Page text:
Armed militias still an issueAfghans face future [Archives:2005/804/Front Page]

January 6 2005

By Peter Willems
Yemen Times Staff

In one his last moves to close 2004, Afghanistan President Hamid Karzai held the first meeting with his new Cabinet, stressing that ministers need to work together to rebuild the war-torn country and carry it into a brighter future.

In the meeting at the Presidential Palace in the capital Kabul, Karzai, the first elected president in Afghanistan, said that the Cabinet must focus on the economy, education and security and that the success of the government should be based on how well it fights against the flourishing drug industry.

He also urged the ministers to turn away from tribal and ethnic loyalty and commit themselves to the people who have been struggling during warfare that lasted for a quarter of a century.

The President said before the meeting that infighting in the Cabinet between political parties must be avoided.

“I hope all of our ministers in the Cabinet, if they have any link with political parties, they should resign from those parties. If they do, then the people of Afghanistan will trust our Cabinet,” said Karzai.

Karzai's selection of ministers, announced just days before the first meeting, has been seen as a significant move. Some warlords holding positions as ministers in the interim government put together after the Taliban regime was ousted in late 2001 were removed. Most of the ministerial positions were filled by technocrats with experience related to their new jobs and a college degree was a requirement.

“Taking out warlords and bringing in more qualified people is a fresh start for President Karzai to unify the country, establishing security and rebuilding a country that is in real need,” said an Afghan analyst.

Former Defense Minister Mohammed Fahim, once a leading commander of the Northern Alliance, was replaced by his deputy Abdur Rahim Wardak, who fought against the Soviets in the eighties. Yunus Qanooni, who ran against Karzai during the presidential elections last October after being the Minister of Education, was not given a position in the Cabinet.

Two ministers were appointed as governors in important provinces after being replaced in the Cabinet. Gul Afha Sherzai, former Minister of Public Works, was named governor of the Kandahar province, while Sayed Hussain Anwari, former Minister of Agriculture, is now the governor of the Kabul province, which includes the capital city.

Karzai, who won the presidential elections on October 9 and took 55% of the votes, appointed the female presidential candidate Massouda Jalal as the Minister of Women's Affairs.

The new team of ministers working with the president may face obstacles in the near future, however. Decisions made by the Cabinet will need support by the Parliament which is scheduled to be elected next April. Militia leaders are likely to have a heavy influence on the new legislature. Qanooni has already announced his formation of an opposition party, and other warlords, such as Fahim, Mohammed Mohaqeq, Abdul Rashid Dostem, are not expected to sit idle during elections next spring.

Vikram Parekh, an Afghan analyst of the International Crisis Group, said that satisfying donor countries had played a part in Karzai deciding on who he would appoint as ministers. The choices were “very much dependent on foreign backing so the question will be how much will that affect their ability to get things done,” said Parekh. “Will they need to make compromises?”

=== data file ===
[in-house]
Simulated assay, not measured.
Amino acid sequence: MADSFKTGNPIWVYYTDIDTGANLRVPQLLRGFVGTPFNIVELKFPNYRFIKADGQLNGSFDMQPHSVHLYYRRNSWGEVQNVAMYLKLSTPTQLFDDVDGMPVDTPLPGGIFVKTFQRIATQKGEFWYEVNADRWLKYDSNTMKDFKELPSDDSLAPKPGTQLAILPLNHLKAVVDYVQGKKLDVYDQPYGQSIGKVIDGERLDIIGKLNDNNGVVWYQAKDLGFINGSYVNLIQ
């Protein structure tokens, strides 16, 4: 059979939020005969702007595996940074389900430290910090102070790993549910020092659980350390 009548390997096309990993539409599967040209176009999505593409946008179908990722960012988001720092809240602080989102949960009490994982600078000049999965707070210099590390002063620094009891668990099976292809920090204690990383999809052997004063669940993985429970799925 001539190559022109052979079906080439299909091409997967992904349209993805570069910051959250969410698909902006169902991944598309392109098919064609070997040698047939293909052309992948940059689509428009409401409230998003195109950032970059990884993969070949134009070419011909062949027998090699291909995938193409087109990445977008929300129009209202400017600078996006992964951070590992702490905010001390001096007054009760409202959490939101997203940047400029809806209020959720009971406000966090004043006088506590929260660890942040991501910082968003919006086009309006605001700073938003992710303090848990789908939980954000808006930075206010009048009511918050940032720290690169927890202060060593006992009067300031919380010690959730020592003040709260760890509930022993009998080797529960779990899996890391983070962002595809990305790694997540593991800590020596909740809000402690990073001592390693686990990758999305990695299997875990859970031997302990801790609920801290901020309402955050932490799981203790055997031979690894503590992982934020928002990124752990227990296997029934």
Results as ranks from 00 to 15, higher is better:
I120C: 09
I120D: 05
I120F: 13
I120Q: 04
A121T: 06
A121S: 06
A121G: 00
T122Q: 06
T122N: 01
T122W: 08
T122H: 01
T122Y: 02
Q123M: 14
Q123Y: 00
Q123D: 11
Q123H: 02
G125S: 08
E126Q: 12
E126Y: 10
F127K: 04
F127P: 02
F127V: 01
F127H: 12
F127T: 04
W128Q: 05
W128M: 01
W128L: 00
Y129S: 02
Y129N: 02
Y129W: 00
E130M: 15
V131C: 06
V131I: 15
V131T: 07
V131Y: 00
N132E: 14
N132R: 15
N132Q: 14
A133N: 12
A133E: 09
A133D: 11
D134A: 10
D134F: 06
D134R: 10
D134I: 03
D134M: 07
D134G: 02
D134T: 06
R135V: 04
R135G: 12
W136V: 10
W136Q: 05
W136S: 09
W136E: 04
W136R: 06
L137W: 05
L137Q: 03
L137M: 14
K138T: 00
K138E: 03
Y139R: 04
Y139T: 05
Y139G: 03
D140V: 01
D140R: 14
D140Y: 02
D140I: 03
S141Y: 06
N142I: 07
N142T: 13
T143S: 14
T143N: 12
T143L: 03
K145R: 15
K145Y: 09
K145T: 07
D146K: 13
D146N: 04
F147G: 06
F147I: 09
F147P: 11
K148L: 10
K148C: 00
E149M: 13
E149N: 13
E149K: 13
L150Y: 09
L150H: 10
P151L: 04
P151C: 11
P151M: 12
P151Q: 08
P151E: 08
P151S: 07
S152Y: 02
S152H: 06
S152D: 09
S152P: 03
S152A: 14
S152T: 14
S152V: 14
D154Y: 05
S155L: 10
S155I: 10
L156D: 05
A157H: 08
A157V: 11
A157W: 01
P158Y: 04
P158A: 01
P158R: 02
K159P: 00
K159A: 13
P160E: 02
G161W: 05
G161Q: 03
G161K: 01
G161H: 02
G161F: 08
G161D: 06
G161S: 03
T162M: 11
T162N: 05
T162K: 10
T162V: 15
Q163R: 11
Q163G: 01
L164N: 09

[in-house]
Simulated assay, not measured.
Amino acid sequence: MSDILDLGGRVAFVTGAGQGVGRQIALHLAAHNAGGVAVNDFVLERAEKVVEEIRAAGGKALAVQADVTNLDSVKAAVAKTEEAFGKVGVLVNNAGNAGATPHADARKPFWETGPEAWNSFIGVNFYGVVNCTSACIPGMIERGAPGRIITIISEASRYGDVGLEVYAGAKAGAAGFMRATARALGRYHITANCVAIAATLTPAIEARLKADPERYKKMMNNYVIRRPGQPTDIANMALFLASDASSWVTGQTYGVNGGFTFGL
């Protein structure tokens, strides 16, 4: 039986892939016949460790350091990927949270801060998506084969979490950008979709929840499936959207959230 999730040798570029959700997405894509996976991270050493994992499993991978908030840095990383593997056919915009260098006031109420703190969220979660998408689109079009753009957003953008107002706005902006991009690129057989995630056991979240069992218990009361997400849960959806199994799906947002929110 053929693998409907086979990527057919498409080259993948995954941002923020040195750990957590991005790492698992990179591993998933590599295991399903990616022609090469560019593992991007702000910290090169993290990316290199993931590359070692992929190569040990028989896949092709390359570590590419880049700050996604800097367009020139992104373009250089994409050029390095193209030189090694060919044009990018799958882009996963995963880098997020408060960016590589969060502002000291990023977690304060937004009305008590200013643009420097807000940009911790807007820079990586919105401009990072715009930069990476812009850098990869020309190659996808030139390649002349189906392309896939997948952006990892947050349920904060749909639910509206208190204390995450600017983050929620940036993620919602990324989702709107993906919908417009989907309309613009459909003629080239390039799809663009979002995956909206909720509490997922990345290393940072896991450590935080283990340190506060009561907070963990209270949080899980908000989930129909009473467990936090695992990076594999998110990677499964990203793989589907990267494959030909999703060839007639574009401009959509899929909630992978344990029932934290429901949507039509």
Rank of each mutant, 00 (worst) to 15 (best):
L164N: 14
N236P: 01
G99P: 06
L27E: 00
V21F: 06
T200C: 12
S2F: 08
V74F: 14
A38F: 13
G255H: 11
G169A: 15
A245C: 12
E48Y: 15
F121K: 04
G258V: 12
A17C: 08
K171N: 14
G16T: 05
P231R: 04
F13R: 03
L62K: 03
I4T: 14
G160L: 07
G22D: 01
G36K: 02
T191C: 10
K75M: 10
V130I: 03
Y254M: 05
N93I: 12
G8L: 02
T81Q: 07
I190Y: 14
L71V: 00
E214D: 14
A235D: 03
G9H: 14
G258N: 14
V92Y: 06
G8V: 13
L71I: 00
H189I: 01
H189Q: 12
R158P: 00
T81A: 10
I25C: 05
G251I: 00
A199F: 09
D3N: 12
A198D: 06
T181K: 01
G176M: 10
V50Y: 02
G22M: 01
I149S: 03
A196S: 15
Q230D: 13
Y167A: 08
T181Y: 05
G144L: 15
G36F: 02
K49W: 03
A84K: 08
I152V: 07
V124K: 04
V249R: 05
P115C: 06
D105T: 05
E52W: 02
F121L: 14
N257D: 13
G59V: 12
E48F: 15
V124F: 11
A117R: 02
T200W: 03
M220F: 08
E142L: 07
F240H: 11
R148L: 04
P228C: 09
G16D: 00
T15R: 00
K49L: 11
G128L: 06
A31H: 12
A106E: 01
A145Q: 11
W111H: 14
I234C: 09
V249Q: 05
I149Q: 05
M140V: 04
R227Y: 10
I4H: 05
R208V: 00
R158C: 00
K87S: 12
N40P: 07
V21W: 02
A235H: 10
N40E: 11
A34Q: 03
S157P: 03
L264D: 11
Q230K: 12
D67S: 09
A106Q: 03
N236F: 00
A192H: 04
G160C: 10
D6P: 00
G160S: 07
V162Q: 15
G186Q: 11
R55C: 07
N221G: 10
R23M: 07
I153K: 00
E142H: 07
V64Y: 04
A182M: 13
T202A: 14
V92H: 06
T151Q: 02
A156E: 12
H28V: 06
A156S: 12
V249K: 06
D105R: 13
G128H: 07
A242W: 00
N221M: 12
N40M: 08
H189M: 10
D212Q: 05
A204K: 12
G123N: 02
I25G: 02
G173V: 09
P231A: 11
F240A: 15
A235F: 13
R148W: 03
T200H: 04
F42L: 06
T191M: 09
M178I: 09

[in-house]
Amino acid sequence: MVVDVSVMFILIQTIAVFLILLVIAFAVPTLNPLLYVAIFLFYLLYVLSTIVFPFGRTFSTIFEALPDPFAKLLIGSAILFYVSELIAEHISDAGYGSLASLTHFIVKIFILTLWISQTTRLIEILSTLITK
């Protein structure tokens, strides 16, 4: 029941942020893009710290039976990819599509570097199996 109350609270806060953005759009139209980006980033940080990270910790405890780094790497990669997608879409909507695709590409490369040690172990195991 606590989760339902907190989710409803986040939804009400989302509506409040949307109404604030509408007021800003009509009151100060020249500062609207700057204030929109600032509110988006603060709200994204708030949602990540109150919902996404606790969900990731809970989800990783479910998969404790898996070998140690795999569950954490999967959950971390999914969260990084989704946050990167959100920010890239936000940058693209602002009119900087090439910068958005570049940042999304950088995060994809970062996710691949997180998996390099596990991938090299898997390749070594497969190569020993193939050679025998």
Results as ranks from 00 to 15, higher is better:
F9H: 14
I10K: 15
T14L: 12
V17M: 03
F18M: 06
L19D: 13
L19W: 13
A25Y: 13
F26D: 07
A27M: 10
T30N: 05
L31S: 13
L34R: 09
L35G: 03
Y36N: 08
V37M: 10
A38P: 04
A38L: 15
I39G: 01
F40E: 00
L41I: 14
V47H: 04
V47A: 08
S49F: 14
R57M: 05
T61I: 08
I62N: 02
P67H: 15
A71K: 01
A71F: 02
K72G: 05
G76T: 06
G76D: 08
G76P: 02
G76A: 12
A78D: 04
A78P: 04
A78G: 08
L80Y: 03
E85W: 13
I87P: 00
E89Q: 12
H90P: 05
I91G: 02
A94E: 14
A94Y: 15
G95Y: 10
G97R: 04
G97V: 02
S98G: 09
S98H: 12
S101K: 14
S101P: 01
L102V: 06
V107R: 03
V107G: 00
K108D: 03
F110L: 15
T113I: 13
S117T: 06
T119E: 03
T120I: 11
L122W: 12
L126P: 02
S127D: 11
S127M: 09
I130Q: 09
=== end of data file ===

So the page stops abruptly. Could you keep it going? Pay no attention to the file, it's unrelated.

Establishing security nationwide will also be a challenge. A number of militia leaders supported by armed followers control vast areas outside of the capital. US troops, numbering roughly 18,000, continue to battle with the remnants of the Taliban in the south while around 9,000 NATO-led peacekeeping forces mostly protect the capital.

Opium production has continued to climb over the last three years after the Taliban regime was forced out. The most recent United Nations report showed that the land being used for growing poppies grew 64% in 2004, reaching 131,000 hectares. Poppy cultivation covers each of the 32 provinces and 87% of the world's supply of opium, which is used to produce heroin, comes from Afghanistan.

To help tackle drug trafficking, Karzai established a new Counternarcotics Ministry headed by Habibullah Qadari.

“We look forward to working with the new Cabinet team,” said Bill Rammel, Foreign Office Minister to Afghanistan from Great Britain, the country spearheading the international community fighting opium production. “I shall be taking an early opportunity to reassure the new minister for counternarcotics, Habibullah Qaderi, of Britain's determination to support Afghanistan in its fight against drugs and to contribute to intensified international efforts in the year ahead.”

The newly appointed Defense Minister Wardak has said that progress made by the Disarmament, Demobilization and Reintegration (DDR) program, which is run jointly by the United Nations and the Afghan government and aims at disarming militias, will continue.

“The process of DDR is going smoothly and would be completed in the three months ahead of the parliamentary elections,” said Wardak. Since the program began, around 30,000 weapons out of 60,000 to 80,000 have been collected.

Wardak also said that the goal of having 70,000 soldiers enlisted in the Afghan National Army (ANA) will be completed in December 2006. The US Army has been training ANA forces, and the local army now has 25,000 soldiers.

US Ambassador to Afghanistan, Zalmay Khalilzad, supported Karzai's selection of a new Cabinet.

“We congratulate President Karzai on his appointment of a new Cabinet,” said Khalilzad. “We support their wish and call upon the Cabinet to fully devote itself to supporting President Karzai as he leads Afghanistan to a new and brighter future.”